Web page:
But I remain optimistic. I started my career in financial inclusion with the hope of giving women more agency over their money and assets. I am particularly struck by the energy and excitement growing around digital wallets with AI-enabled means of personal data curation. Imagine, for example, a virtual storage space containing one’s money, credentials, and identity documents personalized to share your data according to your personal preferences. Such an innovation would give real control to people allowing them to carry their assets with them and hopefully unlock a new wave of services on top.

 The last few years have been characterised by deepening geopolitical fault lines. Is it becoming more difficult for DIAL to find common ground among all its partners?

It is true that there are commercial and geopolitical factors that we must keep in mind as we operate in the international development ecosystem. Our collaborators in governments have a mandate to protect their national interests, while our partners at the big multilateral institutions are tasked with overcoming society’s toughest challenges in a deeply divisive global political environment. And yet, we at the Digital Impact Alliance find a lot of common ground when it comes to our goals of promoting inclusion, encouraging transparency, and empowering more people so that digitalization can lead to share prosperity.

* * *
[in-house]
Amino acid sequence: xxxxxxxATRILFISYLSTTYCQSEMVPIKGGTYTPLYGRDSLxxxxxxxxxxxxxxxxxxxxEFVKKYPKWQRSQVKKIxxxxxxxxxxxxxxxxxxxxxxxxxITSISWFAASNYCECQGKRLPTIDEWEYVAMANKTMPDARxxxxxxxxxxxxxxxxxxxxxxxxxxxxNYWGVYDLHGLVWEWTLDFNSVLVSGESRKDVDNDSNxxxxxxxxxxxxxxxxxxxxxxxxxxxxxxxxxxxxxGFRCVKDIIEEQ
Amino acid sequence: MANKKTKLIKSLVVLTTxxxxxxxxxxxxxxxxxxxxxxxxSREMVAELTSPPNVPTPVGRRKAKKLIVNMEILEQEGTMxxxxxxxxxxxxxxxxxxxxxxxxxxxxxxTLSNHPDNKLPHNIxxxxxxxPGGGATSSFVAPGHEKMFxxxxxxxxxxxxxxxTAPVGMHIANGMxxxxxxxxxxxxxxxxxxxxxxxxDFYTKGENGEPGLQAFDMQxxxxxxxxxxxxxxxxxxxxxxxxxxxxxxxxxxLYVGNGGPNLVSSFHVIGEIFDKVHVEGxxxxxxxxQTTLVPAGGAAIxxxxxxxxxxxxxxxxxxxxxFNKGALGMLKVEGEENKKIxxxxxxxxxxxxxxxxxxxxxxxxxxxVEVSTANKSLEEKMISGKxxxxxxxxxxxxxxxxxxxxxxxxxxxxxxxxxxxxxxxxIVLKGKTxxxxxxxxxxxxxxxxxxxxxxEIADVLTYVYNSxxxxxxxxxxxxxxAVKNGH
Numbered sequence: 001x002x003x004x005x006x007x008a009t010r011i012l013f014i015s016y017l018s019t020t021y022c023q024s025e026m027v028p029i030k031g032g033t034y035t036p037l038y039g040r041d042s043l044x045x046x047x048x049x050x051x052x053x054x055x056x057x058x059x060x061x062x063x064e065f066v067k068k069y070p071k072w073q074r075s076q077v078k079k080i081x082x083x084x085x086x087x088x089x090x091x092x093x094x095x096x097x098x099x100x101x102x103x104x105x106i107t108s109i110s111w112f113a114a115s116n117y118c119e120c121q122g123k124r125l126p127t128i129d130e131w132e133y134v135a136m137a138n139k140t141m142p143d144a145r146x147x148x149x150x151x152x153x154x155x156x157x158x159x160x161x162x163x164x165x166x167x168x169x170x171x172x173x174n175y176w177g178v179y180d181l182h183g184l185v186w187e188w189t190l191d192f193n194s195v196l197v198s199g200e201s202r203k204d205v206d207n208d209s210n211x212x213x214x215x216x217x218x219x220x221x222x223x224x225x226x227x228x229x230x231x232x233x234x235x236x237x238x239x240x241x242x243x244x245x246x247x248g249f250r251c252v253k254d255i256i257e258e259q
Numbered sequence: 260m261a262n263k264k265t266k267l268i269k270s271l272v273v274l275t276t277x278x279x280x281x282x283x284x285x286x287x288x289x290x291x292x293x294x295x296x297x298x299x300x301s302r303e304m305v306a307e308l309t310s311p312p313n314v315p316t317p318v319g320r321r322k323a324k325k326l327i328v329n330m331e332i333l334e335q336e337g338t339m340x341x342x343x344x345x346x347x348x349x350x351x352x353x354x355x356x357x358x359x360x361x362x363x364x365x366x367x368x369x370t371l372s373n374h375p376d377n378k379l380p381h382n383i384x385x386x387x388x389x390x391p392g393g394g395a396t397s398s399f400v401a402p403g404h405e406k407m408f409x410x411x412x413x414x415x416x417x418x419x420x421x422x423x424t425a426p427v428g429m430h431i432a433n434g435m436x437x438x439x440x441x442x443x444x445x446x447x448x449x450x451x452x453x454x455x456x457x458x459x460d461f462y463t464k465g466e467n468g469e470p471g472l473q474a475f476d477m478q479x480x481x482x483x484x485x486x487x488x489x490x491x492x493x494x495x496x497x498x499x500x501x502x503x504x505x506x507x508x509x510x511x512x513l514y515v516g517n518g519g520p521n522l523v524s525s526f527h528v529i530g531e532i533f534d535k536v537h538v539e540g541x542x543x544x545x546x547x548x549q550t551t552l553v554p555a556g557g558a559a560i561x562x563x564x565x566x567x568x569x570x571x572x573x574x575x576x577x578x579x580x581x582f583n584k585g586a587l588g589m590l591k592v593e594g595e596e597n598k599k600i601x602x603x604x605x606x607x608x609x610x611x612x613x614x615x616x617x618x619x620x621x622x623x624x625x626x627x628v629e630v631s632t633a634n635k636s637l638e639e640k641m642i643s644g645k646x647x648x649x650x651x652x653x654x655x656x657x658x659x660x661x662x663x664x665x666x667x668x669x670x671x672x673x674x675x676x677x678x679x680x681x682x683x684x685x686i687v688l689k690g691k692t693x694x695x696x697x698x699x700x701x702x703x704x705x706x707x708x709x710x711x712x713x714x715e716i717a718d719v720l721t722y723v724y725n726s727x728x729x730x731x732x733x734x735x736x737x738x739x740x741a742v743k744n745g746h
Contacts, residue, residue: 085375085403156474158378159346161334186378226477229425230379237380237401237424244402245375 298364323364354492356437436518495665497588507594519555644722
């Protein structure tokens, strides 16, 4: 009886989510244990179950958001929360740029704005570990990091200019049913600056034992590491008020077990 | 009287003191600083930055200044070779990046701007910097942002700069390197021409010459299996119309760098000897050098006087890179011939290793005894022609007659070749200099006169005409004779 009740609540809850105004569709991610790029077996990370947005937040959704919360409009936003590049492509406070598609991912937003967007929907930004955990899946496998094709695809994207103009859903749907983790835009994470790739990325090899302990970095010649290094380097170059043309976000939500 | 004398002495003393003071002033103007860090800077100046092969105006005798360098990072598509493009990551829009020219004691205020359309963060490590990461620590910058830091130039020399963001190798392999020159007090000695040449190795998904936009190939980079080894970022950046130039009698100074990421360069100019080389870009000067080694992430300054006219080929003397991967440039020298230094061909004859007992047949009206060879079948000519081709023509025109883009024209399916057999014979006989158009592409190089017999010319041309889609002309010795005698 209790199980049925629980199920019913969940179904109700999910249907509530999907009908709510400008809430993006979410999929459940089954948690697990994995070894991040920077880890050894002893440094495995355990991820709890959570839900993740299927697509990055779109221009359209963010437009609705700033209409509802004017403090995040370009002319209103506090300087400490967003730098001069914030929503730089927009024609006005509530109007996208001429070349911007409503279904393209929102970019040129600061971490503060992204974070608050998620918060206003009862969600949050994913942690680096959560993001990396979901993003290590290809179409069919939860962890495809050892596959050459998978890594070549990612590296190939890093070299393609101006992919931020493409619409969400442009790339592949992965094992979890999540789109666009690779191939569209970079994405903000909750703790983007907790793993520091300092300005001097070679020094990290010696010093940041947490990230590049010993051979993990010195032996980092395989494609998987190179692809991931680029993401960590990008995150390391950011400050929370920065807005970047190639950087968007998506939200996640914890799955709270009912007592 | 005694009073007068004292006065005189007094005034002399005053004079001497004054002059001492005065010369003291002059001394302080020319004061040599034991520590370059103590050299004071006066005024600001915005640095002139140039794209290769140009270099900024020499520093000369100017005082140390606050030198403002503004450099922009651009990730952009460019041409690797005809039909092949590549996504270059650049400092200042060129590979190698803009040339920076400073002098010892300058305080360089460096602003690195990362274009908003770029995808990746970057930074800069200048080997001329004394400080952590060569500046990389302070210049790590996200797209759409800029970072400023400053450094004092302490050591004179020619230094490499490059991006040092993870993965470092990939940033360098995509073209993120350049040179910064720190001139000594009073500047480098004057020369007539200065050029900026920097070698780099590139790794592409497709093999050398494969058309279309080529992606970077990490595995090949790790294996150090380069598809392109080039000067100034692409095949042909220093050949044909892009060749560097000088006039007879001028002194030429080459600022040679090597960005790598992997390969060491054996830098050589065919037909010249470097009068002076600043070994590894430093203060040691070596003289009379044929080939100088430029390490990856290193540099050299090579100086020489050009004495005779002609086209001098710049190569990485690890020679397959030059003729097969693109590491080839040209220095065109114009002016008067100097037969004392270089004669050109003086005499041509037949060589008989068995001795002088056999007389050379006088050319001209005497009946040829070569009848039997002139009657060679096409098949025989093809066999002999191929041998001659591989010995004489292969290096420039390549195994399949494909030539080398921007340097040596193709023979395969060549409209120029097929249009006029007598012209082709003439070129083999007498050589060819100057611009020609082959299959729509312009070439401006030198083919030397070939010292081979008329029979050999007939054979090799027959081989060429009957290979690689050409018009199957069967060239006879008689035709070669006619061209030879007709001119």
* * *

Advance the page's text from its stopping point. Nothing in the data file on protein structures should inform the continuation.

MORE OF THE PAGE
Finding this common ground has real impact – for example, in strengthening the ways that women can participate online, how they can use services to improve their lives, their sense of agency and redressal, and much more. This is exactly why a set of common principles developed through global consultation is critical. We see our role as helping to move the global community together in a positive direction.

Priya Vora

How do you see Germany’s role in digital development? What role do you expect German development organisations to play in the next five years?